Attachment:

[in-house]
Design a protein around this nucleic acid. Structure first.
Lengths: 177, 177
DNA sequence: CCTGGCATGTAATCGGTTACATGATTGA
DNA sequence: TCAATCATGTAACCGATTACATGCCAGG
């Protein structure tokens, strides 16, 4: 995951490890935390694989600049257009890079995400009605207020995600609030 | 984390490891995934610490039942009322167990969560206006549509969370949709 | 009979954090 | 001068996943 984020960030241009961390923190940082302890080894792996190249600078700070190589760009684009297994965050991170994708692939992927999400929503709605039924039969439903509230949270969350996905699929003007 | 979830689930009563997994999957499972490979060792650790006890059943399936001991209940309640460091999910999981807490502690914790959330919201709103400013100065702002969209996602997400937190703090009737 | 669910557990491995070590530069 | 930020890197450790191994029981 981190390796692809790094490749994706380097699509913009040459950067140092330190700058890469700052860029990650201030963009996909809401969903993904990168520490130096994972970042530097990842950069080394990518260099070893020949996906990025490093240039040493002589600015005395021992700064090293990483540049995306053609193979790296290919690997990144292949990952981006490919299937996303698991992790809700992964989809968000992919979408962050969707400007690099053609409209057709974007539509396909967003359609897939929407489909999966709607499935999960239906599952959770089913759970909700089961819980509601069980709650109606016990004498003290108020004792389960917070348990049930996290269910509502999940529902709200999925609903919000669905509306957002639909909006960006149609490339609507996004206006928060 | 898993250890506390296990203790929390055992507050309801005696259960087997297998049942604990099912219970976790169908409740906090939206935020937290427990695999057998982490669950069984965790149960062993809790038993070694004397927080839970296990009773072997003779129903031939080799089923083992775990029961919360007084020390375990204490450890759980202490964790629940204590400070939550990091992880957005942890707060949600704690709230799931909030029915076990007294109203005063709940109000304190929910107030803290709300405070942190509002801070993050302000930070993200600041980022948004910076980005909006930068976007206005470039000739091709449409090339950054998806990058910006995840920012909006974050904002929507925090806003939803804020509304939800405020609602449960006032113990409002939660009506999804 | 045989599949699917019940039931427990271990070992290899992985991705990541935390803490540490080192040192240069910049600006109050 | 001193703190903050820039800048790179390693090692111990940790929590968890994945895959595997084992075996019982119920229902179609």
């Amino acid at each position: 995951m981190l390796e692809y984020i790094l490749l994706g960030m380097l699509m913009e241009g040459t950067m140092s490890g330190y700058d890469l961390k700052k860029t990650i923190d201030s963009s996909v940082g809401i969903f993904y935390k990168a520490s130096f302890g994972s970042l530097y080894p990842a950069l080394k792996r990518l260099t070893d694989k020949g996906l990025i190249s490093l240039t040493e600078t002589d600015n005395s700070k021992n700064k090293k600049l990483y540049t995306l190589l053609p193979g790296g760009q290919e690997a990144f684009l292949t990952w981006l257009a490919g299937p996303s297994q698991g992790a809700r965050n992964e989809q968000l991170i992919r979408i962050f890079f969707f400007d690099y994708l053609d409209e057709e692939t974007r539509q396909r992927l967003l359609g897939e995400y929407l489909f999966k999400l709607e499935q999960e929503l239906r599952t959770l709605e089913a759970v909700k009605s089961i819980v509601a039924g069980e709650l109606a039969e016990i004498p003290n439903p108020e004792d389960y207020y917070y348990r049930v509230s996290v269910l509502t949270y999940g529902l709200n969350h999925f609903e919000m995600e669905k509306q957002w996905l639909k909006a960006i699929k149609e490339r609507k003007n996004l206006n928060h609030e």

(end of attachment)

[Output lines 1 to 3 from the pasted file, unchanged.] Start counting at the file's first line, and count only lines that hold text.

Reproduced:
[in-house]
Design a protein around this nucleic acid. Structure first.
Lengths: 177, 177